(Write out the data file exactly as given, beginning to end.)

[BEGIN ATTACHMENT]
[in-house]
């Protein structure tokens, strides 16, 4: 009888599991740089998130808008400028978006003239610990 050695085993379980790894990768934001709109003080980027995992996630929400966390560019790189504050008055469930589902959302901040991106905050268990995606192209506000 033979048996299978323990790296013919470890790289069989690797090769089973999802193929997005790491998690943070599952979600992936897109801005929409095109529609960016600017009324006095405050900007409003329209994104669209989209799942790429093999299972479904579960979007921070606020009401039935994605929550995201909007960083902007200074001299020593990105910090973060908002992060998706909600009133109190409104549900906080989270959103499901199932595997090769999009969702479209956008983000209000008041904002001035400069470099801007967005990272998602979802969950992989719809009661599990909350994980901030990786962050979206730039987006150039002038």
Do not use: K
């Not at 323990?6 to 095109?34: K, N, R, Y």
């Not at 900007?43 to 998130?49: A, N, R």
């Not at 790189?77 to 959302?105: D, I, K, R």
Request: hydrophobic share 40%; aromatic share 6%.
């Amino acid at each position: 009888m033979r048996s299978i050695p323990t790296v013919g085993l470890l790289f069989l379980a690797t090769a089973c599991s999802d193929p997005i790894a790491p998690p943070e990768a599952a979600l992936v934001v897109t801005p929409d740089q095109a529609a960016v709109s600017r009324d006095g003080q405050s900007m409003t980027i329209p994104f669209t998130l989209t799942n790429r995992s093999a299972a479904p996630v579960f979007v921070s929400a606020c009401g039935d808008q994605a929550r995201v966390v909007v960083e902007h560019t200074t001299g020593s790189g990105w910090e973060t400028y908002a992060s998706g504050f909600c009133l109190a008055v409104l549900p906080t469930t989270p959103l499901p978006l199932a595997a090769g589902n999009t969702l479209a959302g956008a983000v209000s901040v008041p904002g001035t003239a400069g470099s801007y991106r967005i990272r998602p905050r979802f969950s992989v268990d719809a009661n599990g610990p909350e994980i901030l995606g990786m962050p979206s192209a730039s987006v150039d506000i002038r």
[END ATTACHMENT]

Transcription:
[in-house]
């Protein structure tokens, strides 16, 4: 009888599991740089998130808008400028978006003239610990 050695085993379980790894990768934001709109003080980027995992996630929400966390560019790189504050008055469930589902959302901040991106905050268990995606192209506000 033979048996299978323990790296013919470890790289069989690797090769089973999802193929997005790491998690943070599952979600992936897109801005929409095109529609960016600017009324006095405050900007409003329209994104669209989209799942790429093999299972479904579960979007921070606020009401039935994605929550995201909007960083902007200074001299020593990105910090973060908002992060998706909600009133109190409104549900906080989270959103499901199932595997090769999009969702479209956008983000209000008041904002001035400069470099801007967005990272998602979802969950992989719809009661599990909350994980901030990786962050979206730039987006150039002038």
Do not use: K
């Not at 323990?6 to 095109?34: K, N, R, Y």
């Not at 900007?43 to 998130?49: A, N, R």
């Not at 790189?77 to 959302?105: D, I, K, R």
Request: hydrophobic share 40%; aromatic share 6%.
């Amino acid at each position: 009888m033979r048996s299978i050695p323990t790296v013919g085993l470890l790289f069989l379980a690797t090769a089973c599991s999802d193929p997005i790894a790491p998690p943070e990768a599952a979600l992936v934001v897109t801005p929409d740089q095109a529609a960016v709109s600017r009324d006095g003080q405050s900007m409003t980027i329209p994104f669209t998130l989209t799942n790429r995992s093999a299972a479904p996630v579960f979007v921070s929400a606020c009401g039935d808008q994605a929550r995201v966390v909007v960083e902007h560019t200074t001299g020593s790189g990105w910090e973060t400028y908002a992060s998706g504050f909600c009133l109190a008055v409104l549900p906080t469930t989270p959103l499901p978006l199932a595997a090769g589902n999009t969702l479209a959302g956008a983000v209000s901040v008041p904002g001035t003239a400069g470099s801007y991106r967005i990272r998602p905050r979802f969950s992989v268990d719809a009661n599990g610990p909350e994980i901030l995606g990786m962050p979206s192209a730039s987006v150039d506000i002038r």